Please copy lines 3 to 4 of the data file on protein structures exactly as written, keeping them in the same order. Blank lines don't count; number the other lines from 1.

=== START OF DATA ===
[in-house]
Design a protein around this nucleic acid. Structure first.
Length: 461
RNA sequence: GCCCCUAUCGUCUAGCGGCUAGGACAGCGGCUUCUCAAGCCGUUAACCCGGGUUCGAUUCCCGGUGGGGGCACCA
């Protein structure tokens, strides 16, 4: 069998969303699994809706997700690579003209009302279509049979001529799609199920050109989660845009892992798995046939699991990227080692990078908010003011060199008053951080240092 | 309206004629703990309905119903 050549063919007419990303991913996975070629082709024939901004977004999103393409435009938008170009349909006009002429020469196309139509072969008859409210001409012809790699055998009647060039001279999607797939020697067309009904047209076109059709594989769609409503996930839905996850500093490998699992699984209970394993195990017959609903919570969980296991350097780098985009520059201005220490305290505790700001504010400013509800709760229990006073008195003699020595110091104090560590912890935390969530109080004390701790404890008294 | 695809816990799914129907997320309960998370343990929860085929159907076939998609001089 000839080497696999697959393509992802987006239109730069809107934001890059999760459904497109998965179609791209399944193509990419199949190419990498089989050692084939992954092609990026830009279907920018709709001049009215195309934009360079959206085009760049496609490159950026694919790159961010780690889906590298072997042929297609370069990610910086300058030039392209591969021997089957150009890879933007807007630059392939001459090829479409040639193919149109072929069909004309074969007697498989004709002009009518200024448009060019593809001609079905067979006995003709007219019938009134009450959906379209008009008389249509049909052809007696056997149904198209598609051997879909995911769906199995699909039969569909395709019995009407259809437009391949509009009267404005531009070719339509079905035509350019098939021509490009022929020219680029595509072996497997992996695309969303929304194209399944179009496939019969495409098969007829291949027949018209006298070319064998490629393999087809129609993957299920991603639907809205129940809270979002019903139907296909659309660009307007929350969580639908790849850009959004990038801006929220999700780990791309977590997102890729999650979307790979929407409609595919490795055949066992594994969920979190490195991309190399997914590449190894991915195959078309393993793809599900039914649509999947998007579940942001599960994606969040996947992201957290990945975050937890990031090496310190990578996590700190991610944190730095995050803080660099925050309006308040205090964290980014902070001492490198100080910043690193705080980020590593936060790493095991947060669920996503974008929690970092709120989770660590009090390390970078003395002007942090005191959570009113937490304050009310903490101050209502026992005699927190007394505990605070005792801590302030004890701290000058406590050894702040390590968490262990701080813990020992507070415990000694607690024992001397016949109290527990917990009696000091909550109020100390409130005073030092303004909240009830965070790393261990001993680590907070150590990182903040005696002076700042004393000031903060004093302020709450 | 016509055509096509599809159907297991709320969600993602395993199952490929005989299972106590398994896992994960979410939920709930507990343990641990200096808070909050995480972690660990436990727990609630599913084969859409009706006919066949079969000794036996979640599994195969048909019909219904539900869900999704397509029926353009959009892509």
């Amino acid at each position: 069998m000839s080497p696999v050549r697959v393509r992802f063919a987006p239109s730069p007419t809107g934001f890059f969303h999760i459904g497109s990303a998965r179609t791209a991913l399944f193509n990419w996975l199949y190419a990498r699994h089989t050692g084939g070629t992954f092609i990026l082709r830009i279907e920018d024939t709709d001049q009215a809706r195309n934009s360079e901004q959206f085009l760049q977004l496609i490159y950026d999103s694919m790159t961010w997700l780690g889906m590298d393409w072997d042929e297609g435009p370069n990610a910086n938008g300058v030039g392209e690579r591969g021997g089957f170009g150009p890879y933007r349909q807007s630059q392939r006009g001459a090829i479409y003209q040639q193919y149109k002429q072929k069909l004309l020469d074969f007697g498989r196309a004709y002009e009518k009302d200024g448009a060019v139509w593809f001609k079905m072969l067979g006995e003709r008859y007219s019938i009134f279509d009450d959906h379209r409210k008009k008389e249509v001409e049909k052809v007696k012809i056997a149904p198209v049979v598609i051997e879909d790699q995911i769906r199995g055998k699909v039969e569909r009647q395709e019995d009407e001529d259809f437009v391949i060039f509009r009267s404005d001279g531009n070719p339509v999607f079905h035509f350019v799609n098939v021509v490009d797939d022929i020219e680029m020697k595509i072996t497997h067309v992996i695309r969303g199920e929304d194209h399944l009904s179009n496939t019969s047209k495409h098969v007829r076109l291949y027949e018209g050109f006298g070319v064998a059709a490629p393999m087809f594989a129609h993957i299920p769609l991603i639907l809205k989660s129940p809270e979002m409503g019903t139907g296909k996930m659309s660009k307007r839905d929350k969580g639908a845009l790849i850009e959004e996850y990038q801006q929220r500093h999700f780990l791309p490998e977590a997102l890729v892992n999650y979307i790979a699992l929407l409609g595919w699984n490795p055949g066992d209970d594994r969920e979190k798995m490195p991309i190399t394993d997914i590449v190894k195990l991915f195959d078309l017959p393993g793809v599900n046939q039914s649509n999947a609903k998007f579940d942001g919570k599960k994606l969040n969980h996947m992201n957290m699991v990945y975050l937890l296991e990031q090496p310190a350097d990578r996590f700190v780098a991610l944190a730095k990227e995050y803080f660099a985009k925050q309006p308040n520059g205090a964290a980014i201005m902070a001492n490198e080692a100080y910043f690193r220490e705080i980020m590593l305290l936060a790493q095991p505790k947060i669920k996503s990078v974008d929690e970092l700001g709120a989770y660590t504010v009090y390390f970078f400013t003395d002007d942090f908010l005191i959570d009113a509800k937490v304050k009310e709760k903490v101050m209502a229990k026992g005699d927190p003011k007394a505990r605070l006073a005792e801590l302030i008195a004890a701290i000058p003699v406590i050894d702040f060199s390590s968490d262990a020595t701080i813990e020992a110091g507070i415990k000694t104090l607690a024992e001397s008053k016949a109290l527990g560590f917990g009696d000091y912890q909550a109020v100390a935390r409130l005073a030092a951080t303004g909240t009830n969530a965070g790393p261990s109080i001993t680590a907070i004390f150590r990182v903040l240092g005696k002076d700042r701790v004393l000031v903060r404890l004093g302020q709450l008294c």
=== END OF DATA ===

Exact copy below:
Length: 461
RNA sequence: GCCCCUAUCGUCUAGCGGCUAGGACAGCGGCUUCUCAAGCCGUUAACCCGGGUUCGAUUCCCGGUGGGGGCACCA